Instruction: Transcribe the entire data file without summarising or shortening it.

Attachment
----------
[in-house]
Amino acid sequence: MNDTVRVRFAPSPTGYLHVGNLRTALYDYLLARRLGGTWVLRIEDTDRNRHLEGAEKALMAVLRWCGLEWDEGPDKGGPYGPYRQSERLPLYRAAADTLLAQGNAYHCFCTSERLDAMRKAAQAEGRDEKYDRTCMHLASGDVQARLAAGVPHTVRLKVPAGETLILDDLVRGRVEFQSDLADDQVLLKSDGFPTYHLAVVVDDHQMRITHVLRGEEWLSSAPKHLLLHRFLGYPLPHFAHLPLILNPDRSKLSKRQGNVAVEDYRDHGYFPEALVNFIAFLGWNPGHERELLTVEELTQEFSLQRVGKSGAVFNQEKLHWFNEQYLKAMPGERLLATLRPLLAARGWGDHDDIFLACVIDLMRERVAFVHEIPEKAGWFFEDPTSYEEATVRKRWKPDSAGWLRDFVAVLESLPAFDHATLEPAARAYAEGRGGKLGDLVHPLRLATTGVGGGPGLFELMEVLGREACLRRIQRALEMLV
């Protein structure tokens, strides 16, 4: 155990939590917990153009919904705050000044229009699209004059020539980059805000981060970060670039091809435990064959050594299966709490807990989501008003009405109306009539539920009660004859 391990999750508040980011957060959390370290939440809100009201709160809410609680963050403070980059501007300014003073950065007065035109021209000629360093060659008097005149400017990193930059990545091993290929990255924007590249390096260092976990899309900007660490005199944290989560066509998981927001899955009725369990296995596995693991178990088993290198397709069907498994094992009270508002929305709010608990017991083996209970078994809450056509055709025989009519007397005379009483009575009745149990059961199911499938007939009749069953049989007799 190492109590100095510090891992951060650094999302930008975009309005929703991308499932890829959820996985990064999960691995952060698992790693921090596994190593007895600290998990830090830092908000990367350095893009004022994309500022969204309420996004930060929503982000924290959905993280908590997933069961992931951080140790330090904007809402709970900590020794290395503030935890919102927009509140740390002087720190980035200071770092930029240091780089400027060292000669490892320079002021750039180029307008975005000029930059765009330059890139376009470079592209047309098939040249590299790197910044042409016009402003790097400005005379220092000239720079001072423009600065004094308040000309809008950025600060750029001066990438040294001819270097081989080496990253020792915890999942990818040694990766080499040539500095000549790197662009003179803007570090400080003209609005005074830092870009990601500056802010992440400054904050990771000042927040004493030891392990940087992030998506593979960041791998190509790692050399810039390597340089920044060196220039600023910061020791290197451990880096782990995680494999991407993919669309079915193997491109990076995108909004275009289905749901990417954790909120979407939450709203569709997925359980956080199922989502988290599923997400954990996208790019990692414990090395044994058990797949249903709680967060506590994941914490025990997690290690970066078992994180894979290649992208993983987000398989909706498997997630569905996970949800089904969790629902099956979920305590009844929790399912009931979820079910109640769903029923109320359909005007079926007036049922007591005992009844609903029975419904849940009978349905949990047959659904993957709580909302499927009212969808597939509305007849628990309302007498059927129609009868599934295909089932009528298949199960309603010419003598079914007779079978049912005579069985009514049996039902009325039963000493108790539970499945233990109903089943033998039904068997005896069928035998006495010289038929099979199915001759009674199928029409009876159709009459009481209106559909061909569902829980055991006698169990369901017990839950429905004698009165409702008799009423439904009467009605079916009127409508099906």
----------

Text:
[in-house]
Amino acid sequence: MNDTVRVRFAPSPTGYLHVGNLRTALYDYLLARRLGGTWVLRIEDTDRNRHLEGAEKALMAVLRWCGLEWDEGPDKGGPYGPYRQSERLPLYRAAADTLLAQGNAYHCFCTSERLDAMRKAAQAEGRDEKYDRTCMHLASGDVQARLAAGVPHTVRLKVPAGETLILDDLVRGRVEFQSDLADDQVLLKSDGFPTYHLAVVVDDHQMRITHVLRGEEWLSSAPKHLLLHRFLGYPLPHFAHLPLILNPDRSKLSKRQGNVAVEDYRDHGYFPEALVNFIAFLGWNPGHERELLTVEELTQEFSLQRVGKSGAVFNQEKLHWFNEQYLKAMPGERLLATLRPLLAARGWGDHDDIFLACVIDLMRERVAFVHEIPEKAGWFFEDPTSYEEATVRKRWKPDSAGWLRDFVAVLESLPAFDHATLEPAARAYAEGRGGKLGDLVHPLRLATTGVGGGPGLFELMEVLGREACLRRIQRALEMLV
């Protein structure tokens, strides 16, 4: 155990939590917990153009919904705050000044229009699209004059020539980059805000981060970060670039091809435990064959050594299966709490807990989501008003009405109306009539539920009660004859 391990999750508040980011957060959390370290939440809100009201709160809410609680963050403070980059501007300014003073950065007065035109021209000629360093060659008097005149400017990193930059990545091993290929990255924007590249390096260092976990899309900007660490005199944290989560066509998981927001899955009725369990296995596995693991178990088993290198397709069907498994094992009270508002929305709010608990017991083996209970078994809450056509055709025989009519007397005379009483009575009745149990059961199911499938007939009749069953049989007799 190492109590100095510090891992951060650094999302930008975009309005929703991308499932890829959820996985990064999960691995952060698992790693921090596994190593007895600290998990830090830092908000990367350095893009004022994309500022969204309420996004930060929503982000924290959905993280908590997933069961992931951080140790330090904007809402709970900590020794290395503030935890919102927009509140740390002087720190980035200071770092930029240091780089400027060292000669490892320079002021750039180029307008975005000029930059765009330059890139376009470079592209047309098939040249590299790197910044042409016009402003790097400005005379220092000239720079001072423009600065004094308040000309809008950025600060750029001066990438040294001819270097081989080496990253020792915890999942990818040694990766080499040539500095000549790197662009003179803007570090400080003209609005005074830092870009990601500056802010992440400054904050990771000042927040004493030891392990940087992030998506593979960041791998190509790692050399810039390597340089920044060196220039600023910061020791290197451990880096782990995680494999991407993919669309079915193997491109990076995108909004275009289905749901990417954790909120979407939450709203569709997925359980956080199922989502988290599923997400954990996208790019990692414990090395044994058990797949249903709680967060506590994941914490025990997690290690970066078992994180894979290649992208993983987000398989909706498997997630569905996970949800089904969790629902099956979920305590009844929790399912009931979820079910109640769903029923109320359909005007079926007036049922007591005992009844609903029975419904849940009978349905949990047959659904993957709580909302499927009212969808597939509305007849628990309302007498059927129609009868599934295909089932009528298949199960309603010419003598079914007779079978049912005579069985009514049996039902009325039963000493108790539970499945233990109903089943033998039904068997005896069928035998006495010289038929099979199915001759009674199928029409009876159709009459009481209106559909061909569902829980055991006698169990369901017990839950429905004698009165409702008799009423439904009467009605079916009127409508099906």